The user performs actions. The forms manager 100 generates events based on the user's actions. The graph manager 101 catches the events generated by the forms manager 101.

An application written within the application software architecture consists of a set of dialog nodes collected into graphs (and possibly sub-graphs) and graph table entries that describe the graph. Dialog nodes in the application use various attributes. Each attribute has associated with it a group of procedures, any of which is optional. These procedures are defaults, edits, calculations, and lists, collectively known as DECL's.

DEFAULT procedures are indicated generally by bubble 102; EDIT procedures by bubble 103; CALCULATION procedures by bubble 105; CROSS-EDIT procedures by bubble 104; and LIST procedures by bubble 107.

Function Graphs

The coordinating logic of an application is expressed as a set of function graphs. A function graph is a set of nodes and arcs connected into a directed graph. A function graph allows an application to be divided into a number of independent but cooperating modules. Each node on the graph has a well-defined function that it performs when invoked. (A node in a graph may represent a sub-graph.) The application designer specifies applications in terms of these graphs, drawing from a library of existing nodes and possibly adding new nodes to the library.

Function graphs are defined by a set of triplets of the form: {source-- node, arc, destination-- node}. Each function graph has at least one triplet of the form {GRPH-- INIT, arc, destination-- node}. GRPH-- INIT is a "pseudo-node" that defines the entry points to the graph. Each of the arcs that come out of GRPH-- INIT should match one of the arcs coming into the function graph from its parent graph.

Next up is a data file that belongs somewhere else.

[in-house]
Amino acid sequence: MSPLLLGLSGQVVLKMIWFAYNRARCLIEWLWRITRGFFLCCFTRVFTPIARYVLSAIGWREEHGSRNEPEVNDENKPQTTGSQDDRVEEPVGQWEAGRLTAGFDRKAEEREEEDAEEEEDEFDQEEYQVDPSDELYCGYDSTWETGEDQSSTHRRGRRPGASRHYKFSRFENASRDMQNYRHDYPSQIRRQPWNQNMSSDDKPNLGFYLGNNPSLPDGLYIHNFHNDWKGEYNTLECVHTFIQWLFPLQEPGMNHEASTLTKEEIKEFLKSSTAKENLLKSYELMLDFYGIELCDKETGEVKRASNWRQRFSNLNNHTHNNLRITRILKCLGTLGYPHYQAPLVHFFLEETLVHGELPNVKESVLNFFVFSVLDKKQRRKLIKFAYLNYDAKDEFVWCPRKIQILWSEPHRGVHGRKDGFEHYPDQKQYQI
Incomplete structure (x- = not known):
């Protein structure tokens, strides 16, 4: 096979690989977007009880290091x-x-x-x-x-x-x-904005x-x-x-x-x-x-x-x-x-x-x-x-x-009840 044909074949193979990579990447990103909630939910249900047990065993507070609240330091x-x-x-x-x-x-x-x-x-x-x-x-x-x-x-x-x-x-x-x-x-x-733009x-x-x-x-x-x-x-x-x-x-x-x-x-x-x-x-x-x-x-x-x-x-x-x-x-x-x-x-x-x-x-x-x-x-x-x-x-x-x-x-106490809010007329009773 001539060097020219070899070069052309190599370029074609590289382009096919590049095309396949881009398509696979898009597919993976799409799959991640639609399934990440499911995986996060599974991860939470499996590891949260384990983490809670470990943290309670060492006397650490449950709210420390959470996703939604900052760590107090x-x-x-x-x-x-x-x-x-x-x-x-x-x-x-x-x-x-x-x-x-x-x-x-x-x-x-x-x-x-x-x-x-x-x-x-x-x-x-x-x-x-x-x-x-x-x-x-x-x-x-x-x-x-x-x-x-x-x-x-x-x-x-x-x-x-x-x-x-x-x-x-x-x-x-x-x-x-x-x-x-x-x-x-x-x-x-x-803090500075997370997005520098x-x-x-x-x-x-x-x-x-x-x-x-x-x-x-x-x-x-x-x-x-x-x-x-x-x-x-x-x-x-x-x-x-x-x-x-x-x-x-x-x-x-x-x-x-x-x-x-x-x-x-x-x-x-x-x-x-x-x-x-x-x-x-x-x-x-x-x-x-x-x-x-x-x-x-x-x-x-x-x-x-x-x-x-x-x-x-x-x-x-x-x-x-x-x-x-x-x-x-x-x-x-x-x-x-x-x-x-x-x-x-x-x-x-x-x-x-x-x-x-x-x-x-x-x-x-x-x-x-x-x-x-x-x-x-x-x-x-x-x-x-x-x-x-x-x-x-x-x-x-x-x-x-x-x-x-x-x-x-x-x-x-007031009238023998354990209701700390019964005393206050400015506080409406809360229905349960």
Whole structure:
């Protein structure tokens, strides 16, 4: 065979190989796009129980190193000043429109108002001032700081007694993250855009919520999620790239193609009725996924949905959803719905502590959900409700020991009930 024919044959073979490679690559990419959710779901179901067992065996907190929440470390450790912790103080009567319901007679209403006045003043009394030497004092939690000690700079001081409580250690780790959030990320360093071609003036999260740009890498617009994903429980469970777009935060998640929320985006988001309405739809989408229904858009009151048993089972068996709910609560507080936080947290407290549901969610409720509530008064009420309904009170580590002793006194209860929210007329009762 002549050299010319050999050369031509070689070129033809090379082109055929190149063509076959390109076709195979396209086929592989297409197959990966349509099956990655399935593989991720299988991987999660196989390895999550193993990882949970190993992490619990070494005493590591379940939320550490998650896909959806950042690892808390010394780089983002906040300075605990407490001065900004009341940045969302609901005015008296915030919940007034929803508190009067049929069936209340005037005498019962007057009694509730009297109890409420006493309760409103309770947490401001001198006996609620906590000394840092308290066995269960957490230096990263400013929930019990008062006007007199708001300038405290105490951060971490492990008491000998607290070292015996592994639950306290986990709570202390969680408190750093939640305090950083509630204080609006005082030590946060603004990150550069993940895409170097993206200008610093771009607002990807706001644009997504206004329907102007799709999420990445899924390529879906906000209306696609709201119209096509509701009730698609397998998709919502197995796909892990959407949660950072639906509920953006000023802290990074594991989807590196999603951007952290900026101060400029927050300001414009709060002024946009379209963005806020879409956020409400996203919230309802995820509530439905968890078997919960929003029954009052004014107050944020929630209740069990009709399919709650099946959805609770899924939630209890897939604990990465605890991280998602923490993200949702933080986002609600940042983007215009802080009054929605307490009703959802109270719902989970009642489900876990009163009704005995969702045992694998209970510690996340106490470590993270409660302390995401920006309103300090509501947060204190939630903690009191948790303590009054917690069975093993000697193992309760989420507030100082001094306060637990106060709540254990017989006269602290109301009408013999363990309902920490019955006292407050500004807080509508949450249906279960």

FIGS. 6A and 6B illustrate two function graphs. FIG. 6A illustrates a graph entitled "f-- adt", and FIG. 6B illustrates a graph entitled "f-- index", corresponding to the procedural node 205 of the same name within graph 200 of FIG. 6A.

In graph 200, node f-- index is "called" via arc INDEX. In graph 210, an arc called INDEX links GRPH-- INIT 211 with the first node 212 of the graph.

To exit a graph, at least one triplet of the form {source-- node, arc, GRPH-- EXIT} should exist. GRPH-- EXIT is a "pseudo-node" that defines the exit points of the graph. Each of the arcs coming into GRPH-- EXIT should match one of the arcs leaving the function graph in its parent graph.

Graph-- mgt is responsible for managing the execution of these function graphs. Each node returns a status value when it completes. Graph-- mgt uses the status value to determine which arc of the parent graph to follow, and therefore which node to invoke next. In addition, an invoked node is passed the name of the arc which invoked it, giving the node additional information to perform its processing. A node on a function graph may be one of several node types, or it may be another function graph. This allows function graphs to be nested as required by the application.

Dialog Nodes

Each node in a function graph is structured as an event processor. Events are generated as a result of an action, such as clicking a mouse button or changing the value of a field. The body of the node is an event loop, processing each incoming event in sequence, until the node exits. Each node has a set of events that it understands, with code segments that define processing for each event.

FIG. 7 illustrates the structure of a dialog node. Each node is structured as an event processor. The body of the node is an event loop, processing each incoming event in sequence, until the node is exited. Each node has a set of events that it understands, with a code segment that defines the processing for that event. The event processing falls into one or more of the following categories:

Display and removal of forms

Display of a form menu

Enabling/disabling of user entry into form data fields

Acceptance/rejection user selection of a form object